Well, that was true. “Neither of them wants to marry me, Aunt Clara.” Granted, Lord Comfrey didn’t explicitly say he was uninterested in marriage. But he was undressing me in his carriage and I understand that if marriage was on his mind that was a good time to say so. If the girls I went to school with are to be believed, it’s the time men would be lying about it. The night of the Ascension ball was unreal to Wisteria now, something that had happened a lifetime ago to a different person. It stood in such opposition to Sunday’s ordeal that it seemed impossible the same people were involved in both.

Her aunt was making some sort of noise about Wisteria being ridiculous and of course the gentlemen could not be indifferent to her. No, I don’t believe they’re indifferent to me, I just think they don’t want to marry me, Wisteria wanted to tell her. Because Lord Nikola already told me he didn’t, and Lord Comfrey has title and wealth enough to make a far better match than I can offer. And I am not a woman of virtue and modesty and they both know it even if they don’t know that it extends to being on the brink of giving myself up to two different men on the same night. At this point, Wisteria had serious doubts about her own fitness for marriage even if anyone had wanted to marry her. She’d been aware, intellectually, that she might not be suited to the ideal of fidelity, but her behavior on Ascension night was nonetheless a shock even to her. Her prior thought had been “might not be romantically compatible with whomever I can arrange a match” and not “might be unable to keep my hands off whomever gives me the slightest encouragement”. Oh look, a new way that I don’t fit in my society. How delightful.

But while Wisteria knew of no good candidate with whom to discuss this, she did know that Aunt Clara was definitely a bad one. So Wisteria confined her response to repeating her affirmation that, to the best of her knowledge, neither man intended betrothal, and the rescue plans were motivated by common decency and not romantic attachment. “Lord Comfrey was there to rescue Lord Nikola at least as much as for my benefit,” Wisteria added, when her aunt would not let the topic go. “Are you going to conclude they must be in love as well?”

Aunt Clara frowned. “Why, men of Newlant would never – how absurd you are, Teeri! Such a thing to say! Perhaps your mother was right about you spending too much time abroad,” she finished, before withdrawing to find someone else to gossip at.

Wisteria had chosen that example precisely because it was ridiculous, but now that it had crossed her mind, she found the idea entrancing. The mental image of those two magnificent, handsome men locked in an amorous embrace was – well – improbable, of course, insulting even, but not at all comical. It was…erotic. She found herself imagining Lord Comfrey and Lord Nikola undressing each other in Comfrey’s curtained carriage. And two men would never have to worry about dodging chaperones and avoiding suspicion; no one in Newlant ever even thinks of men as desiring one another. Doubtless because they don’t in this country. She felt guilty even thinking about it, remembering how offended Lord Comfrey had been when she’d implied a slight against herself. How infuriated would he be if he knew what she was picturing himself and his friend doing? With an effort, she cleared her head of the notion and drifted over to talk to Byron and one of his friends.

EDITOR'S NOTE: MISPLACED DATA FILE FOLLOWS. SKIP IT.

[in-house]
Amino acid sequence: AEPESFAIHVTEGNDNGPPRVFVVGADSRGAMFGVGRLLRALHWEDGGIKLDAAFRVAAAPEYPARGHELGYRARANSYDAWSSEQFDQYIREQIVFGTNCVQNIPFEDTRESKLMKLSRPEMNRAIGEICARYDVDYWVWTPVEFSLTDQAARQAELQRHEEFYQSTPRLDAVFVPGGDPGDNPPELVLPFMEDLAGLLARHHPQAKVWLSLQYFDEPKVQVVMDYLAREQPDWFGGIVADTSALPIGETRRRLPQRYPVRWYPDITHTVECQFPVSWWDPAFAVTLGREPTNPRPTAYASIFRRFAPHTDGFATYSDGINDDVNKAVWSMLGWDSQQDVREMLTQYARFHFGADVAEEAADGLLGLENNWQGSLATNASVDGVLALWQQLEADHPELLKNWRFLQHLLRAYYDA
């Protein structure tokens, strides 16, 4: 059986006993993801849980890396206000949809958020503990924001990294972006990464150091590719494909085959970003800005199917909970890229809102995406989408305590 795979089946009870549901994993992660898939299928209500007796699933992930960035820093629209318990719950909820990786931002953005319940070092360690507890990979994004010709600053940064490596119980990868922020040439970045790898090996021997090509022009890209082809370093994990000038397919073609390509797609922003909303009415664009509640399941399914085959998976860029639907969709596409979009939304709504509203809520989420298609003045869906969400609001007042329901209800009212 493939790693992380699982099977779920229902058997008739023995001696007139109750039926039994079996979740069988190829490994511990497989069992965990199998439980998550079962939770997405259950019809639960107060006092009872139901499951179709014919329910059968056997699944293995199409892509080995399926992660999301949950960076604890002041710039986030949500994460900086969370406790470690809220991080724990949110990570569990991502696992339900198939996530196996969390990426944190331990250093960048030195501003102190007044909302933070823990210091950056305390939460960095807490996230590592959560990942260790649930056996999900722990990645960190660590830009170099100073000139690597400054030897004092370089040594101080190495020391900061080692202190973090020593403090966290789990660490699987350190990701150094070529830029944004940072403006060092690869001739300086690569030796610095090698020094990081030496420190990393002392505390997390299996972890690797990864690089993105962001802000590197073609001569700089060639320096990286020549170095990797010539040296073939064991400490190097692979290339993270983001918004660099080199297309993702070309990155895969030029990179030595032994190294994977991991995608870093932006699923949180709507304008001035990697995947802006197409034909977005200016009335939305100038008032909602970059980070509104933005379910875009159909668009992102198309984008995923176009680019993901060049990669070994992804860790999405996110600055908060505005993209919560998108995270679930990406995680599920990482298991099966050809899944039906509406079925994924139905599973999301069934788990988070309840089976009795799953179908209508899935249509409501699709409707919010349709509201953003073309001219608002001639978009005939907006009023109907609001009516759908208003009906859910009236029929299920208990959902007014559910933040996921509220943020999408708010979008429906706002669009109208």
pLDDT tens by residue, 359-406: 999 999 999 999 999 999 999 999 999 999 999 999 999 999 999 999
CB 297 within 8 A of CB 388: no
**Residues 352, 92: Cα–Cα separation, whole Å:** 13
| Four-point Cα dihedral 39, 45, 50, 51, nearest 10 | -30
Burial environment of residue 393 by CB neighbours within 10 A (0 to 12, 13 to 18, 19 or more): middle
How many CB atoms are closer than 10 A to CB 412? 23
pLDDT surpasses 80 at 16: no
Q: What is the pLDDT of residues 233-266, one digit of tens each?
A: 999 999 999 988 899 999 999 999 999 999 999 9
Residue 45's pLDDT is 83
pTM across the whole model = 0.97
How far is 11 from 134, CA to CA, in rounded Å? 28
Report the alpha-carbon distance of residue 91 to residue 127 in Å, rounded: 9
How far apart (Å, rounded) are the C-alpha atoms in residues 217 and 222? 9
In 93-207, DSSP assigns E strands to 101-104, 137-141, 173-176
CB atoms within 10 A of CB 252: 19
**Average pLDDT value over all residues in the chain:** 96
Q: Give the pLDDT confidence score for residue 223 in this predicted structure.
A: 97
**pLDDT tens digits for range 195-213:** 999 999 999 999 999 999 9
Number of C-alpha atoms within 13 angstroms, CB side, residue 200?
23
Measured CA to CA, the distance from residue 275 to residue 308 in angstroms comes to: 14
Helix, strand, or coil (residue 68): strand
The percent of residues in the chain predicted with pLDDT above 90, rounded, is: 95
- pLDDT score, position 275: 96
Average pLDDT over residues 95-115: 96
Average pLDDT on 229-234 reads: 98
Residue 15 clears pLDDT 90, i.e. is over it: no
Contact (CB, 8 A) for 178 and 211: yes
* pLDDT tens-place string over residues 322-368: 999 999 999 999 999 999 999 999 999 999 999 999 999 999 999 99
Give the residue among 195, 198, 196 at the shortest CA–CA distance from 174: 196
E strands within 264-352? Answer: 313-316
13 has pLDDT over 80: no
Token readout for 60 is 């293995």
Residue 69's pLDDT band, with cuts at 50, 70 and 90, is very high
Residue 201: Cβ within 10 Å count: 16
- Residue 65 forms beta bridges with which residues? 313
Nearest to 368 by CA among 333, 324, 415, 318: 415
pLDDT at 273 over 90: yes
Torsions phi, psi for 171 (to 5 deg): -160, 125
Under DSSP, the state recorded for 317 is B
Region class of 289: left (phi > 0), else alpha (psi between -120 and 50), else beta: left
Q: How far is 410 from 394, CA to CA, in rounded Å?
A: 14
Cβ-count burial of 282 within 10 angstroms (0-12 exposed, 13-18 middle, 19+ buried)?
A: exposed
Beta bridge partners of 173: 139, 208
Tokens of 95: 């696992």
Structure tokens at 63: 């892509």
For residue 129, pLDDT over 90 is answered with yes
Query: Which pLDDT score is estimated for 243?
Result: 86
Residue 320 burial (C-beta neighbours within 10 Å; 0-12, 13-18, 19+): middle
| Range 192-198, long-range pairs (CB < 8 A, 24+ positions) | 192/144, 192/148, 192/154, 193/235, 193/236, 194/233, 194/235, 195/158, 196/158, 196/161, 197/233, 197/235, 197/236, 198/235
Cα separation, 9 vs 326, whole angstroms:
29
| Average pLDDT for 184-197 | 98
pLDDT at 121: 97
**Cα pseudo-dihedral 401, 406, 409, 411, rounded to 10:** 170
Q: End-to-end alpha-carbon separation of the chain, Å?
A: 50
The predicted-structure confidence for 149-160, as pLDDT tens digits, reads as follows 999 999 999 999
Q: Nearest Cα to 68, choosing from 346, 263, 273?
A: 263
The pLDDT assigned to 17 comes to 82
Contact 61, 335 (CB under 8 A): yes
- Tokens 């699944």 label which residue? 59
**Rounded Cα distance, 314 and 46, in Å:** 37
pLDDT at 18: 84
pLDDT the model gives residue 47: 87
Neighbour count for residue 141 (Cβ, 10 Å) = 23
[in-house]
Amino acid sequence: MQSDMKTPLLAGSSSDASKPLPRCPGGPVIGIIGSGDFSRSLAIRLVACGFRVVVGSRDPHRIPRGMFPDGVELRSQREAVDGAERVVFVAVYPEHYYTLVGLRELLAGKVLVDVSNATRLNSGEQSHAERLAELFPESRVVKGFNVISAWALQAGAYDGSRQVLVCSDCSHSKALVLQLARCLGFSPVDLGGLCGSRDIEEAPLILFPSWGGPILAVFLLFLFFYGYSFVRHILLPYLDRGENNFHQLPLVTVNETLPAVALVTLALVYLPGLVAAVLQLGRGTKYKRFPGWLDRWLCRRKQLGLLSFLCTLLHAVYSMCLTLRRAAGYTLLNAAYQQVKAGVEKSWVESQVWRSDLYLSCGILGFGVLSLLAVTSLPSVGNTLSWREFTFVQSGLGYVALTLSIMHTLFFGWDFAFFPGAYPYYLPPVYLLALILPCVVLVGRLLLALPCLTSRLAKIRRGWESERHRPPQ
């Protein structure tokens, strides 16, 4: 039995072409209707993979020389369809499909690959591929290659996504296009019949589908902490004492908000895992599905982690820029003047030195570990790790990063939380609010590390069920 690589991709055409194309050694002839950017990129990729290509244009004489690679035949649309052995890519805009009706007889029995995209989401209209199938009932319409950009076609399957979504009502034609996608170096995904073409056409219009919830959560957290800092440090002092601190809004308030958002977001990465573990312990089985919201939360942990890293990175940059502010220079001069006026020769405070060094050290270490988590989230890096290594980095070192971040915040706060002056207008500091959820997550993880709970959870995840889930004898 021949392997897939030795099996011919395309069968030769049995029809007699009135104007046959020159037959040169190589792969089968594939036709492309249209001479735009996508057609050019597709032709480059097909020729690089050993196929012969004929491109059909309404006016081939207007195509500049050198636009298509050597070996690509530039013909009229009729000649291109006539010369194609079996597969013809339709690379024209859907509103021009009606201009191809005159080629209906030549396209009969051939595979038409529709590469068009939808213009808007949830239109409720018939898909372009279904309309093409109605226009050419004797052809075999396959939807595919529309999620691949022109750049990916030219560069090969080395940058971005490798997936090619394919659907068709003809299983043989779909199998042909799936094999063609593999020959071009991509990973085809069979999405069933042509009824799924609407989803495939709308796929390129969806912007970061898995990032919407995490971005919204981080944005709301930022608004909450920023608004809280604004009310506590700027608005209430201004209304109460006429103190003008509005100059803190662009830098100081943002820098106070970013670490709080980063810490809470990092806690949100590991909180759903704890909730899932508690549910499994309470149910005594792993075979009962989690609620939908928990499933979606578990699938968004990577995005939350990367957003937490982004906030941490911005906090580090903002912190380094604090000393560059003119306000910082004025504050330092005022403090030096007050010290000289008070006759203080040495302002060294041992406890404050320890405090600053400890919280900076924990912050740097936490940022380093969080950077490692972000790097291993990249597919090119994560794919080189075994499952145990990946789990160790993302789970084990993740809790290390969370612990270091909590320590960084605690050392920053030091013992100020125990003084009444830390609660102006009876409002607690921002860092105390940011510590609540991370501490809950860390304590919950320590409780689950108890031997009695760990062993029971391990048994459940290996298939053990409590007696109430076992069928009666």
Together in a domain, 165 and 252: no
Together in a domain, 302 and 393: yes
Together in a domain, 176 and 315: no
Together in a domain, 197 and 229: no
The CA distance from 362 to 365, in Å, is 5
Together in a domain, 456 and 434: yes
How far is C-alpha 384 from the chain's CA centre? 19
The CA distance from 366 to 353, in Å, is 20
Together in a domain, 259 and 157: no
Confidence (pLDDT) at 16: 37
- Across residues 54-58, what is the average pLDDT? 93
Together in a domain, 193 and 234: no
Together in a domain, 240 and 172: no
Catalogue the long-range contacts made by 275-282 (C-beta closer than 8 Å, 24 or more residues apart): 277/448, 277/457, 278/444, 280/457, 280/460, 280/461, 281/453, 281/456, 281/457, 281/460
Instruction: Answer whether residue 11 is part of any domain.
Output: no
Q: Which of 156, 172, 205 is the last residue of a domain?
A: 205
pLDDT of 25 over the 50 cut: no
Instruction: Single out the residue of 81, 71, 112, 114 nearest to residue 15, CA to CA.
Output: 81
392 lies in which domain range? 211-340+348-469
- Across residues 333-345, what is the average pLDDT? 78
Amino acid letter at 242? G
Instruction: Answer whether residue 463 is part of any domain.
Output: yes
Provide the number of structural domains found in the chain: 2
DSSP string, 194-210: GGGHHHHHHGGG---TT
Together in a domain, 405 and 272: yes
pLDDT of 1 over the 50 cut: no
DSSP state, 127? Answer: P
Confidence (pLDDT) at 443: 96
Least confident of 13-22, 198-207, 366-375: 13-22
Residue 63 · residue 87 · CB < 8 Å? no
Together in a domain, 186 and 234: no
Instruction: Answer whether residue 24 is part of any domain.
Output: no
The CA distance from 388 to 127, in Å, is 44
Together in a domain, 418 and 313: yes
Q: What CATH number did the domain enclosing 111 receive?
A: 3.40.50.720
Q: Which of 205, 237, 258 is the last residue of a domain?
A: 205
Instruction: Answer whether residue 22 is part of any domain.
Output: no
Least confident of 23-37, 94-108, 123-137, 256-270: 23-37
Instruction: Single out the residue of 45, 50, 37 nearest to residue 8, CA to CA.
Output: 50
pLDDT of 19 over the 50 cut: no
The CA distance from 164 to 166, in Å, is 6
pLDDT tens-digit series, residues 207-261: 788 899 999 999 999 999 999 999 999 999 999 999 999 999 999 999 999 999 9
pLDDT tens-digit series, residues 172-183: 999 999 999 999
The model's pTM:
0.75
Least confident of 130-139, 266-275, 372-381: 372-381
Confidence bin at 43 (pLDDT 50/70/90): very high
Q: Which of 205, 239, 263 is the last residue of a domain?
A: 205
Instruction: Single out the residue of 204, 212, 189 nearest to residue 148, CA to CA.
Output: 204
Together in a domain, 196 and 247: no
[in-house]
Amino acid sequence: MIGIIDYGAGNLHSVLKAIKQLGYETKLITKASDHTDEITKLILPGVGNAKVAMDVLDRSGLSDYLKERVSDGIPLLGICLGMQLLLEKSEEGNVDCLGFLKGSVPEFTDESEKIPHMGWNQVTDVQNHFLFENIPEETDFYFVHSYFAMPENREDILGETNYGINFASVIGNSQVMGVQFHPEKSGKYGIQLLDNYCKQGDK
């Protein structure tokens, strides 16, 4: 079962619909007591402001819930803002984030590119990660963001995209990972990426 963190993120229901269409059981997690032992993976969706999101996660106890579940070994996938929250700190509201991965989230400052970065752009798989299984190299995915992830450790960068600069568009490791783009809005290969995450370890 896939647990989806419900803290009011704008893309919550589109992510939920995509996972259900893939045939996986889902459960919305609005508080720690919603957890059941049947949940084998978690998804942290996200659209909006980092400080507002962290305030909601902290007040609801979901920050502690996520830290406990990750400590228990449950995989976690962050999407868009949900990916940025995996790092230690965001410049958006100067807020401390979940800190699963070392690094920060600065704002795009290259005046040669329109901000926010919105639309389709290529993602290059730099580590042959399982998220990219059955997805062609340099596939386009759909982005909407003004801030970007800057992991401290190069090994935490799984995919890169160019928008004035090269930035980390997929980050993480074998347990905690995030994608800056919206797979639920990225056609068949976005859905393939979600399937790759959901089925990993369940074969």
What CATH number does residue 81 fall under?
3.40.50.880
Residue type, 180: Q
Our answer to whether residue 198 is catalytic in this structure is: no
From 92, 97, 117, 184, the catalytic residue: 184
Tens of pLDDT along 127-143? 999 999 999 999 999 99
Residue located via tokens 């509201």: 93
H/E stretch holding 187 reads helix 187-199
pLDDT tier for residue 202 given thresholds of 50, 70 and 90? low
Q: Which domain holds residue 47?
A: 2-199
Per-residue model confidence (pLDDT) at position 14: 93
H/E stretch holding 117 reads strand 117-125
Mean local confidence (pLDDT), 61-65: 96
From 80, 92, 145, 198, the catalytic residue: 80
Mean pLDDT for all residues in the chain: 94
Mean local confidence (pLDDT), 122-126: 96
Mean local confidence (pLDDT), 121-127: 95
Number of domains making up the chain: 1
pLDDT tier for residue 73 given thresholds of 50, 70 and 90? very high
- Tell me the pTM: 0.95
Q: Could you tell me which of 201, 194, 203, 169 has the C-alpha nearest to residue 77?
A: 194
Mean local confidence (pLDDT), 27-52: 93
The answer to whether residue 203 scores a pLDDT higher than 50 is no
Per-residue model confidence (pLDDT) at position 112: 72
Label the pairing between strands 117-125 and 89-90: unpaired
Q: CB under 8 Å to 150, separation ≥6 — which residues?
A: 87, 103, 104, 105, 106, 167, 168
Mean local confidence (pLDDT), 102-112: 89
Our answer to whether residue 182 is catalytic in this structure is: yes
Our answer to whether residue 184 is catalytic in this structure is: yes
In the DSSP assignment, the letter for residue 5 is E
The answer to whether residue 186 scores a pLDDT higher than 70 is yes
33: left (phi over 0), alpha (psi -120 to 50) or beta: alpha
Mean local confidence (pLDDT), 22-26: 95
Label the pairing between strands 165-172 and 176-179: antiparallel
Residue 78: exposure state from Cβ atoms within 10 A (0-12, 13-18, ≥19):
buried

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Maudlin (98/141)

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Justin called on the infirmary on Monday, the day after Nikola’s rescue. The attendant on duty delivered the welcome news that Lord Walther had succeeded in healing Nikola during the first night. “Healing him physically,” he qualified.

What other kind would he need? He’s the best healer of minds in the nation. If there’s something wrong with his head why would he not fix it himself? Justin didn’t ask. Nikola was still at the infirmary despite being healed. Justin did not ask why. Nikola was not receiving visitors.

Justin did not ask why about that, either. His head was full of questions that propriety and decency demanded he not ask. He left the infirmary with the comforting thought that Nikola was no longer in pain, and the disquieting one that Nikola did not wish to see him. He doesn’t want to see anyone. Perhaps it’s nothing to do with me. Perhaps he’s avoiding his parents and would be delighted to see me, but felt it would be more politic to exclude everyone.

Maybe the real reason he didn’t ask was that he was afraid the truth would be less gentle than the stories he invented for himself.    

His social calendar was crowded with events for the Ascension season. His valet had already sent his excuses for the engagements Justin had missed on Sunday. He had never felt less like entertaining or being entertained, but with an alternative of ‘stay home and brood’, he forced himself to attend Monday’s supper and dinner engagements.